As the 100th anniversary of women’s suffrage approached, Texas Woman’s University professor Meg Griffiths wondered what her contemporaries thought about the right to vote.

She workshopped an idea with a friend and fellow photographer, Frances Jakubek, director of exhibitions and operations at the Bruce Silverstein Gallery in New York City. What if they invited their female peers — fine art photographers — to train their lenses on a subject connected to the 19th Amendment, which gave women the right to vote in August 1920

“Frances and I were at the big AIPAD show [the Association of International Photography Art Dealers competition] and we were talking about doing something in response to the 19th Amendment,” said Griffiths, a photography professor at TWU. “We decided to invite some photographers to join the project.”

The invitation went out to 200 women.

Those invitations became ”A Yellow Rose Project,” a collaboration of 105 female photographers across the U.S. reflecting on and responding to the amendment. Named for the yellow roses that women’s suffrage supporters wore to show their support for the movement, the collaboration was meant to be virtual even before COVID-19.

“This all began as wanted to have a resource, a reaction to the 19th Amendment, for everyone who has a computer or a phone,” Griffiths said. “Having this as a book or a show in a museum, you’d need some sort of privileges to access it. We wanted people to be able to see the work with a phone or a tablet or something like that.”

Jakubek and Griffiths sent invitations for the project in 2019, to give photographers a year to create and submit work to the project.

Jakubek said photographs command a different kind of credibility than paintings or sculpture.

“We consider a photograph to be a document of something and it’s the truth whether it is or not,” she said. “I’m fascinated with the idea of captioning, that you’re supposed to believe what the caption says. I’m interested in what sort of trouble you can get into by declaring something as truth. It’s been a fight to have [photography] accepted as art because of that. It’s ‘this is reproduction.’ I think photography — as the inception as an art form, as a medium has always been this sort of documentarian thing that is compared to being an art form.”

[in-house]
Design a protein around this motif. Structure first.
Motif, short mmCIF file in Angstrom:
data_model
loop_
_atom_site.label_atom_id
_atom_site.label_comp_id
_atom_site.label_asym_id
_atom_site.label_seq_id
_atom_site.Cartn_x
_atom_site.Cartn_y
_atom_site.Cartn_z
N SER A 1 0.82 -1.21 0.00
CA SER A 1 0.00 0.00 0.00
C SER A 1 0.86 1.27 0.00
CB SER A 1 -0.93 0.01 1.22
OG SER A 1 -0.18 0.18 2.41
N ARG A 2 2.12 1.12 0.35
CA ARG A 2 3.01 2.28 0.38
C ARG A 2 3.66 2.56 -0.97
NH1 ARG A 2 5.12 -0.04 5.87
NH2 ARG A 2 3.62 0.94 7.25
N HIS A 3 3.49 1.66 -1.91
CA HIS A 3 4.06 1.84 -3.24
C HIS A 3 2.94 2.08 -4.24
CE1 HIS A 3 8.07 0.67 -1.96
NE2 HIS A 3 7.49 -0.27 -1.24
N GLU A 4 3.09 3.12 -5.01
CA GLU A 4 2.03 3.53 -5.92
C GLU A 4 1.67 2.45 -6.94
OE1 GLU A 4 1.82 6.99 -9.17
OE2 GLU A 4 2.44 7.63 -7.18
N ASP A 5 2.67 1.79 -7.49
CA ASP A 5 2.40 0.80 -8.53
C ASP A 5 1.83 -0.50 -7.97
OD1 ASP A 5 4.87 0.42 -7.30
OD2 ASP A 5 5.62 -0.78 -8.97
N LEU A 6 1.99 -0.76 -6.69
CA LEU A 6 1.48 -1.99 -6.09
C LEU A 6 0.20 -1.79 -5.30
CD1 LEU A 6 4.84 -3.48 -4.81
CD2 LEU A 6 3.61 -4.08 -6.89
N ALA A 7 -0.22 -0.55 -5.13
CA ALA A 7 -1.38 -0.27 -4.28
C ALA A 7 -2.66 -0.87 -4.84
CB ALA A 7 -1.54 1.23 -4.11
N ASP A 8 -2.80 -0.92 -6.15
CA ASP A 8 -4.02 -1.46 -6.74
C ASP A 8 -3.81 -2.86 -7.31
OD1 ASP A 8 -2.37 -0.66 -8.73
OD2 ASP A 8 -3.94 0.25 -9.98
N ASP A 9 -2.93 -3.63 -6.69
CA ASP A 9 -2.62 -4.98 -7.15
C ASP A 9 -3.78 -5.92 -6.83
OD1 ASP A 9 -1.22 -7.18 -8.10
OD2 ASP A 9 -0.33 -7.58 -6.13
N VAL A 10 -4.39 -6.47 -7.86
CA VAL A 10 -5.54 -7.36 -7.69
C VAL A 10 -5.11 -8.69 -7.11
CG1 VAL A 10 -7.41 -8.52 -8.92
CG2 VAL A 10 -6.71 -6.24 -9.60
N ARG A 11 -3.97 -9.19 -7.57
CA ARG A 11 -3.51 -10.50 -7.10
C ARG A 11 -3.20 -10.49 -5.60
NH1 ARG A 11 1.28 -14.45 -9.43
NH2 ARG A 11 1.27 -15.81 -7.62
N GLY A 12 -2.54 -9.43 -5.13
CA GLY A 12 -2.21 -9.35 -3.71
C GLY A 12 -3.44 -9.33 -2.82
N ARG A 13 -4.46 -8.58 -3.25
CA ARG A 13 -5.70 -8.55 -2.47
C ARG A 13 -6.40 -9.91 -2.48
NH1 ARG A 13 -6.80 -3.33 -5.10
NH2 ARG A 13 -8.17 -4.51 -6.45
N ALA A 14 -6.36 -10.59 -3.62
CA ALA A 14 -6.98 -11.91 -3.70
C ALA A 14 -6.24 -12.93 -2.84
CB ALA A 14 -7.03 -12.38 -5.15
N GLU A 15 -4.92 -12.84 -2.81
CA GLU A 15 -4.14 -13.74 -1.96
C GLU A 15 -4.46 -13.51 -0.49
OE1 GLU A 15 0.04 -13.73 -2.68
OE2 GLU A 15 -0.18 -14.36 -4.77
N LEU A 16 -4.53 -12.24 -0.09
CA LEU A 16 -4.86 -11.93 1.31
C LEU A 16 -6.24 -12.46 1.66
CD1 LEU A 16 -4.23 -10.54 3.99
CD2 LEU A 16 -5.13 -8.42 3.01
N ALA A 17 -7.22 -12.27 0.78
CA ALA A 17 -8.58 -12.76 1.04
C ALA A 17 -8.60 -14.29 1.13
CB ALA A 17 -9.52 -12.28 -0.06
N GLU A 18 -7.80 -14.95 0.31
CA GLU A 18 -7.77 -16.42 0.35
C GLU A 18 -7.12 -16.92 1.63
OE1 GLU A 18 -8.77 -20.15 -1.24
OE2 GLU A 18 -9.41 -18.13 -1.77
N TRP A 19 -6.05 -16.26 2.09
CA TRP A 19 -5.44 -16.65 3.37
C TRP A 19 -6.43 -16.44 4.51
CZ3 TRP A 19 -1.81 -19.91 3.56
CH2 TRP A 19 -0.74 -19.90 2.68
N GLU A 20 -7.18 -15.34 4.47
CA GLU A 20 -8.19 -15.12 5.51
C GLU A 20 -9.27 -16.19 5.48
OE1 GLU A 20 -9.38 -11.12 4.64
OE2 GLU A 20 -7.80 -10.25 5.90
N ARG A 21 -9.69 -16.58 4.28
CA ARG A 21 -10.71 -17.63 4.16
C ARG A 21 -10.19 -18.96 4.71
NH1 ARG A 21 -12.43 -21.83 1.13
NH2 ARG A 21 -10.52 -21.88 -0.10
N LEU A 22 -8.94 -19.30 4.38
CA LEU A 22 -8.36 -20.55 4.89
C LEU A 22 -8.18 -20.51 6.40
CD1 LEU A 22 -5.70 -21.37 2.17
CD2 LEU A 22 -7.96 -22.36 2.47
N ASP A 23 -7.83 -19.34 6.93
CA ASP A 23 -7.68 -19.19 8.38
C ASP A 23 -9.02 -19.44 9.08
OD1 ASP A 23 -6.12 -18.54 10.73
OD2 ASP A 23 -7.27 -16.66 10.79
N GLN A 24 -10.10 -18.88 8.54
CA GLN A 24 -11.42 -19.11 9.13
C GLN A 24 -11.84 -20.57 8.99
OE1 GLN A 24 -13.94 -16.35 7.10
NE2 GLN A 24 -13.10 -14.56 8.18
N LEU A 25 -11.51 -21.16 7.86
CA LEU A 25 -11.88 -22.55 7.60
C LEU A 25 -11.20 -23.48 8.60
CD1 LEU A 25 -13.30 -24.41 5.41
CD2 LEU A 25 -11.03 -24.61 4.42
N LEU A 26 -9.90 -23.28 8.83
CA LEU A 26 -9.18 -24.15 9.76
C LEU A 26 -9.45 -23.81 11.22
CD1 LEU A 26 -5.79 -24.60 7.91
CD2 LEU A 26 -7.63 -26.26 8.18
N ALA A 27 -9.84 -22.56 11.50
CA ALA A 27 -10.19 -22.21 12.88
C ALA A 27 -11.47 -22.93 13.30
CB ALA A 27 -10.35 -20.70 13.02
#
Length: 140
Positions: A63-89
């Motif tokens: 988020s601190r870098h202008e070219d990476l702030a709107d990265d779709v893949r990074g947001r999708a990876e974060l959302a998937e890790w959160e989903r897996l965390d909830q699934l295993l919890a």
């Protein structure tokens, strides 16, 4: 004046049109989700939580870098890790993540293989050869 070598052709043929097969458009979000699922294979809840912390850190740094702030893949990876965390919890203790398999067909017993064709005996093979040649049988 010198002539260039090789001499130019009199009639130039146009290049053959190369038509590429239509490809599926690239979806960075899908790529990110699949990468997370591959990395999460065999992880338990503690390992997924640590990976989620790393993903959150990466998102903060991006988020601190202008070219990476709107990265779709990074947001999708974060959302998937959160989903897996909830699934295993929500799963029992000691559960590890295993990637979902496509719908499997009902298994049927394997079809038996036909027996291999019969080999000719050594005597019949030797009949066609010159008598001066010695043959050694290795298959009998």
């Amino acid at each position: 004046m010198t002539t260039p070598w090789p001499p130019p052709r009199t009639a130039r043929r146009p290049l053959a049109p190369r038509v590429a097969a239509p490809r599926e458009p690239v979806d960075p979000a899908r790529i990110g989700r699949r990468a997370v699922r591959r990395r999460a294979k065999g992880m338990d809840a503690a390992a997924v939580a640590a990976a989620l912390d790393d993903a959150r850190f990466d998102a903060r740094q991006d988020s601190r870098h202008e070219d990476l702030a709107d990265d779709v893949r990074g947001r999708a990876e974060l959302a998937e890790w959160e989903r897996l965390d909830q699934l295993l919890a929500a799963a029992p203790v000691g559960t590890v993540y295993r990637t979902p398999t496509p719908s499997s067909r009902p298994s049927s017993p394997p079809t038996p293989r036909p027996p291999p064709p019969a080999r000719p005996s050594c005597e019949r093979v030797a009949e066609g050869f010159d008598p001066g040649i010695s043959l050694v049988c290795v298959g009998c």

Griffiths and Jakubek said photographers produced everything from portraits to still-life photographs, and some artists riffed on the all-American political protest.

“I wondered if we would see a lot of images of protests, because when you think about it, we have seen a lot of protest in the last four years,” Griffiths said. “I worried that we might get a lot of images from the women’s marches that have happened every year since 2016. And we did get some of that. But just as many photographers took intimate shots of their children, their environment.”

Jakubek agreed.

“I feel like we were always a little nervous we were going to see all protest-related work,” she said. “There were so many protests but I think we were really surprised about the intimacy of all the entries. The daily lives, and their children and how they teach their children. Alice Hargrave, who has always been environmentally aware in her work, did a piece, Suffragette Bird, about the last surviving passenger pigeon that went extinct. She’s focusing on the vocalizations of these birds and relating that to the voices of American women expressed through the vote. It’s really deep and beautiful.”

Griffiths said the photographs reminded her that “this isn’t a celebration for everyone.” For women of color, access to the vote has been challenged by institutional power, and the more diffused influences of economics and racism. Some of the portraits earn new layers of meaning as the news cycle reflects newfound power — New Mexico elected women of color to represent its three congressional districts this week, and for the first time in the state’s history. For an election season roiled by arguments about voter suppression in communities where large numbers of women of color live and work and accusations of voter fraud, women’s votes are weighed between illegitimacy and prophetic power.

“We saw women stitching and crafting, literally stitching, over their photos,” Griffiths said. “We saw that there was a lot of work in this project that is talking about women who have been left out of history.”

The photographers used the camera to recall the struggle some women still have to embrace full civic participation. Sarah Hoskins’ images depict an oft-overlooked community — Black women’s groups with deep roots. Hoskins photographed the Sisters Benevolent, a group of Black women in Kentucky founded in 1905. The group pulled together to maintain a bathroom in a hair salon so that Black women could reach a bathroom on the way home from work during an era when many public restrooms weren’t open to anyone other than white people. Keller photographer Farah Janjua shares photographs of women in the Muslim world, and Susan Rosenberg considered women in activist roles in New York City.

Griffiths said the project, which has earned national and international press as well as upcoming exhibits, has done what the 19th Amendment did 100 years ago: It has cast a vision into the future.

“This is going to be an umbrella for more projects,” Griffiths said. “After the anti-racism protests that have been going on, Frances and I have talked about working on something that brings women of color into this in a more prominent way. I think we’ve been having the same conversations as so many other people. I think we’re going to do something to promote the art of women of color.”

LUCINDA BREEDING can be reached at 940-566-6877 and via Twitter at @LBreedingDRC.

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